Well, a few days ago, I received an email from my editor that said, “It has been decided that after the July 21st paper, we will no longer be running your column in the Neighborhood News papers.”

With that one brief email, my entire life changed.

First of all, I never saw it coming. I had planned to continue writing my column until I was too old and feeble to string two words together to form a coherent sentence. But obviously the paper had other ideas. I guess what hurt more than being “discontinued” (which made me feel like and old, outdated item on a closeout sale at Wal-Mart), was the method in which I was informed – a brief email. Even a quick phone call would have been better. Sure, it still would have hurt, but not quite as much.

So the dilemma I’m now facing is, if I no longer have a weekly newspaper column to write, then that means I’ll have nothing to post on this blog. I mean, “My Life” has been put to rest by the newspaper, so should I also put this blog to rest and give them both a decent burial?

The good thing about writing for the newspaper was the ever-present deadline. I had to write a column every week – rain or shine, good mood or bad, and even when I was running a fever or battling the stomach flu. But I always met my deadline. The other good thing about writing for the paper was I got paid to do it, which was an added incentive. This blog, unfortunately, doesn’t earn anything…and I really need money to keep my dogs supplied with Dog Chow, especially since one of my friends (and I use the term loosely) said to me,  “Gee, you live so far out in the country, if you were to drop dead, nobody would even know it. And by the time anyone found you, your dogs probably would already have eaten your body.”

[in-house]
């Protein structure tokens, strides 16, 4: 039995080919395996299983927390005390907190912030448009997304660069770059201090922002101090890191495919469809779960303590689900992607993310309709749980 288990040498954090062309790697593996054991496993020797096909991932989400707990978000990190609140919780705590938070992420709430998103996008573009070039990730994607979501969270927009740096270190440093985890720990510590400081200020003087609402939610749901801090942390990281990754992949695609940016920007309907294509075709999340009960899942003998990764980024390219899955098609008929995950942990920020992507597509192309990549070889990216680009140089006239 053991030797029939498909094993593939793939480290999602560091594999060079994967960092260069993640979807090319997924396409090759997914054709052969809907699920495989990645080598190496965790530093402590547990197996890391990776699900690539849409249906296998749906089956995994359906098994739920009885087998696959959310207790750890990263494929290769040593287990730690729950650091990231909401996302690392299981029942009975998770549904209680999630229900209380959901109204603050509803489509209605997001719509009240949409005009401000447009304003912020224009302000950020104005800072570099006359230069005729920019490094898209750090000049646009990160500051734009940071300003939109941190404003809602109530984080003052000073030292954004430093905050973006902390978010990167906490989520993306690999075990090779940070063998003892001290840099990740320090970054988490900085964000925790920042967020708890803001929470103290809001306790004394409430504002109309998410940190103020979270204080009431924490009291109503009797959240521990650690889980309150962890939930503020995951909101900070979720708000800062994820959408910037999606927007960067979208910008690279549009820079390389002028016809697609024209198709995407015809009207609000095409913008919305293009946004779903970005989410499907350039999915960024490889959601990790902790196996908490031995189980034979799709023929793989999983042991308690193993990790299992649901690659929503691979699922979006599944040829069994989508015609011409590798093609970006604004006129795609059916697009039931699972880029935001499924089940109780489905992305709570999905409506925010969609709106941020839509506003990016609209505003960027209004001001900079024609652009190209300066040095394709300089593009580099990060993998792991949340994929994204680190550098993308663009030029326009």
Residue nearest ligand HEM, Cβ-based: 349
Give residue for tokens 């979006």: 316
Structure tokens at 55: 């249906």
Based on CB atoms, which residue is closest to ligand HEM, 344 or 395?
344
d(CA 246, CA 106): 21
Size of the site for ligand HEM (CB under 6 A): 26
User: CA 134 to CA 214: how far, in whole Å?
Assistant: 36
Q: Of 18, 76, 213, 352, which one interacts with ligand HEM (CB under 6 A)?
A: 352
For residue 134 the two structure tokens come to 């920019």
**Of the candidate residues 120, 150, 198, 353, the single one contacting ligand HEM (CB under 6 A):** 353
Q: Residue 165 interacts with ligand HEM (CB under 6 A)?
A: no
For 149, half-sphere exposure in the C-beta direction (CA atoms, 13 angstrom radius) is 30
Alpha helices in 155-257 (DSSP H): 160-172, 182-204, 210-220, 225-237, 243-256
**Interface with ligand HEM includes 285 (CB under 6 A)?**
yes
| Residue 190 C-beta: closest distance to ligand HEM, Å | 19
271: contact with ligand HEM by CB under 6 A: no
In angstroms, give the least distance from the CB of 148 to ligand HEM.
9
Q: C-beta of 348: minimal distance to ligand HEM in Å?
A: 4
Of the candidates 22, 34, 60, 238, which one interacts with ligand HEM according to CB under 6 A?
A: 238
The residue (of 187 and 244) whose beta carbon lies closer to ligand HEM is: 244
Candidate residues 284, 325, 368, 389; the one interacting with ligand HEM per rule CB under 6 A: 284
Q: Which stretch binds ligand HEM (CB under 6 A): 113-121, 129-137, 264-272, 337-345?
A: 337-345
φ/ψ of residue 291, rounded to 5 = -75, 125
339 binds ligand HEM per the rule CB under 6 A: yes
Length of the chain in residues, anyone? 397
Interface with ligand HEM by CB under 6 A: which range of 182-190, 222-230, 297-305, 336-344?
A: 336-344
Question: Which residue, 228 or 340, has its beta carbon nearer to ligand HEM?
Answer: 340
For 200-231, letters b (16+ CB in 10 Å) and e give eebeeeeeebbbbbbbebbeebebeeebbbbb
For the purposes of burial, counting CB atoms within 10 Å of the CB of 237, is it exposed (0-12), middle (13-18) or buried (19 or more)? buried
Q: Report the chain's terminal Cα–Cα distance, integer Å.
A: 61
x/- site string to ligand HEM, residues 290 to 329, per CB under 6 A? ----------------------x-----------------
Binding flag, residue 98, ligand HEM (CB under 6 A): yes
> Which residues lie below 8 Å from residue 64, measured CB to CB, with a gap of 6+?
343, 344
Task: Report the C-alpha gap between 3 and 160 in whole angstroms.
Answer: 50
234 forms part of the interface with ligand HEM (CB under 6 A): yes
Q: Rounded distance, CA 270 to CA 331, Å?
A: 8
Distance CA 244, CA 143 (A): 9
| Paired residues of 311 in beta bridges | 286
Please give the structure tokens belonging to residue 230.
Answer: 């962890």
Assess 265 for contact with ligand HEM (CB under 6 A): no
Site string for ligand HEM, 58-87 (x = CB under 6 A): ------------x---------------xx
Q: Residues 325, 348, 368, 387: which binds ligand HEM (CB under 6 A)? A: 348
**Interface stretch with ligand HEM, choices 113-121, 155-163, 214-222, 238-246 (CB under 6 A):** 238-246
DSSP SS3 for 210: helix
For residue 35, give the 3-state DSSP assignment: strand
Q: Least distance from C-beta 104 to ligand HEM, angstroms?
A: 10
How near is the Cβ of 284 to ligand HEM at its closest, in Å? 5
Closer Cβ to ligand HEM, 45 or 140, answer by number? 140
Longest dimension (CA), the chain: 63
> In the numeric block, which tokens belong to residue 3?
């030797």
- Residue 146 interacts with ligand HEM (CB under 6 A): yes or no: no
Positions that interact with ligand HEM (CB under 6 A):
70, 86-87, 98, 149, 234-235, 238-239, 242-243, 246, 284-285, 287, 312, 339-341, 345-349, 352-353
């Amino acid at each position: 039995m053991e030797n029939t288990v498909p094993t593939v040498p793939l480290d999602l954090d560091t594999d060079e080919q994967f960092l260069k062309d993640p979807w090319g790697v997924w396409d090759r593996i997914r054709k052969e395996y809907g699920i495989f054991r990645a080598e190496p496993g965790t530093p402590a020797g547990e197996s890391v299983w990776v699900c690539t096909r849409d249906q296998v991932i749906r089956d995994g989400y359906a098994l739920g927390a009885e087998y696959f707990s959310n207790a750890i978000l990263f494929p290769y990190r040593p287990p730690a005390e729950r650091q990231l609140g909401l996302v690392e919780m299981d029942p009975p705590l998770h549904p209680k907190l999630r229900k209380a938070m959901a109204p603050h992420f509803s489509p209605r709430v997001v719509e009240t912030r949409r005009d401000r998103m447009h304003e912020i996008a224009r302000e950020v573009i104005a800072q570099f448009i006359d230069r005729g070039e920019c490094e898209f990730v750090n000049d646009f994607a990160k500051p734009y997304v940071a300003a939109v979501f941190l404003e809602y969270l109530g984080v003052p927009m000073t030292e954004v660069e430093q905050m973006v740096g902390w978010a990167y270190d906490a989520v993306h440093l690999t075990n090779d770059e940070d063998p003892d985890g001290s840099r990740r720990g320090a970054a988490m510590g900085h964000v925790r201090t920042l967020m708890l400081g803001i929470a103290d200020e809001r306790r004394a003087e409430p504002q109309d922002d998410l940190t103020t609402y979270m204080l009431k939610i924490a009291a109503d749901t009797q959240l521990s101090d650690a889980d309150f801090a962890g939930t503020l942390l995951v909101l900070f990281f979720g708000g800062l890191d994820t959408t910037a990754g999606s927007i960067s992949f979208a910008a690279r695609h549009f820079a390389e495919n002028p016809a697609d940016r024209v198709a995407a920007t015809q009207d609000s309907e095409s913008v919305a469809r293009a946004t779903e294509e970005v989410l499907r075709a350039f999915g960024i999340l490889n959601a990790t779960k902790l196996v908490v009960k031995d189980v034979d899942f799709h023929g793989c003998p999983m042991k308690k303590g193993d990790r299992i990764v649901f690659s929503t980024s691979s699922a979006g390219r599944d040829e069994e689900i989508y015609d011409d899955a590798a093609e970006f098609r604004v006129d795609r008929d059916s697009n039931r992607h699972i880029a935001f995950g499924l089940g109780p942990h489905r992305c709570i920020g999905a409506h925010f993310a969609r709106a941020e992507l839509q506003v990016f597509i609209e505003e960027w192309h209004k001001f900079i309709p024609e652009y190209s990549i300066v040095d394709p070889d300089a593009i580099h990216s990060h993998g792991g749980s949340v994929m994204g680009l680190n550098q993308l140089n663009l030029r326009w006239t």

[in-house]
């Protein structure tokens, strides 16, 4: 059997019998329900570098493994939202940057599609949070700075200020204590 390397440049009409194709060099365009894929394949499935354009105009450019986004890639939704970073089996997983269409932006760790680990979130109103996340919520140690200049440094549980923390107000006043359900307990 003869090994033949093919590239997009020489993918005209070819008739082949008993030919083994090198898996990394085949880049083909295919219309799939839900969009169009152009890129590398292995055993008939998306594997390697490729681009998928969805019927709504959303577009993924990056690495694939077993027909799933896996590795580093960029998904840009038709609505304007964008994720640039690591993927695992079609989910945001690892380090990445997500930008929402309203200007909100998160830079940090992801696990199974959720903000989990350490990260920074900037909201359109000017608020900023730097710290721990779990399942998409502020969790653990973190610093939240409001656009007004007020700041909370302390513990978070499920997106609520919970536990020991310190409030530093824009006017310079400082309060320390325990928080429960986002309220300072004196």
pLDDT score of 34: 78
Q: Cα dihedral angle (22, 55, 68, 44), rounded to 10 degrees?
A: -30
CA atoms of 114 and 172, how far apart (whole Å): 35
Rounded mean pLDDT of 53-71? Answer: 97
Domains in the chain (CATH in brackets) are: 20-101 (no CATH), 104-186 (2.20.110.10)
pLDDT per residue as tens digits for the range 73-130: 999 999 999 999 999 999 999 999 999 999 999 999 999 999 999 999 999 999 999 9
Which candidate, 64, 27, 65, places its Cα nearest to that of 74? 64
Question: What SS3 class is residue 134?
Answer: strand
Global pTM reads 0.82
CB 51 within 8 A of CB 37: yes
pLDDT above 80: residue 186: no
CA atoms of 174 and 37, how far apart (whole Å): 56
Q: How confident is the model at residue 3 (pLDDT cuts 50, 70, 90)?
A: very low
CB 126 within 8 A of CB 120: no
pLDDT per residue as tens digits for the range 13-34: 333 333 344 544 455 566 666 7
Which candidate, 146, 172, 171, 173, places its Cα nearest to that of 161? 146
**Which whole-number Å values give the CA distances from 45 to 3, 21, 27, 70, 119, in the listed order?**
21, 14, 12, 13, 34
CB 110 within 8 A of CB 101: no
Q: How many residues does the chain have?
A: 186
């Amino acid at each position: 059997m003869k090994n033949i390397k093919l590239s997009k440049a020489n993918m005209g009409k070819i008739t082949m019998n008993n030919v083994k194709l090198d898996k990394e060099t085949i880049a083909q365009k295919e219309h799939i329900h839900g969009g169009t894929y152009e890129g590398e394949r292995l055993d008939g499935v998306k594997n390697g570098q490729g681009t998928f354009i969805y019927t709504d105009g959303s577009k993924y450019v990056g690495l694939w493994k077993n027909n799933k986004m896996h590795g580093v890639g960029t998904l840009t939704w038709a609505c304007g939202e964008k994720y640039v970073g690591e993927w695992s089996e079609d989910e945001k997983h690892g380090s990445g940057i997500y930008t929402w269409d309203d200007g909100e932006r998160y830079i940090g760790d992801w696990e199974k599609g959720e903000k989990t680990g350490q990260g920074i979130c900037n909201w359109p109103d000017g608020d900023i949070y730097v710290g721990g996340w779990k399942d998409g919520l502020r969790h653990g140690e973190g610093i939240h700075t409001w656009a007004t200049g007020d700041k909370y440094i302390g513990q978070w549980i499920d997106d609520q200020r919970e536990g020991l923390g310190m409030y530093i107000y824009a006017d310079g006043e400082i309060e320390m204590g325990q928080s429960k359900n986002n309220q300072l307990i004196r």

Since she said that, I have made it my top priority to keep my dogs VERY well fed at all times.

So after thinking long and hard about my current situation, I’m sorry to have to inform you, my much-cherished readers, that I have come to a very difficult decision…I’ve decided that you’re still going to be stuck with me for a while! Yep! I’m going to continue to write this blog. I’m just not happy unless I’m writing, so if I were to quit, I’m positive I would suffer from severe symptoms of withdrawal.

I guess that means I’d better go write my next column to post on here!  I must confess, I haven’t been much in the mood for writing humor since I was dismissed by the paper, but I’m feeling more positive every day. So I promise to post something new within the next few days. And I’m also going to try to continue to post a new column every Friday. There are no guarantees, however, because I no longer have an editor to remind me of my deadline. But I’ll give it my best effort. I promise.

I’ll be back shortly!



Saturday, July 16, 2016


Last weekend, I was awakened in the dead of night by a sound that made me sit upright in bed…“Arrrrrrrr!  Arrrrrrrr!”

It was so loud, I was afraid it also would wake up my nearest neighbor, who lives about  a half-mile down the road.

I began to think my house was being invaded by a gang of cutthroat pirates…or someone had decided to make a sequel to the film, “The Exorcist,” out in my living room.

 I frantically searched for a weapon and grabbed the manicure scissors from the drawer of my nightstand. Then cautiously, one step at a time, I tiptoed out of the bedroom to investigate. The scissors had rounded tips, so I figured I wouldn’t be able to stab anyone with them – but I probably could give the intruder’s fingernails a really nice trim.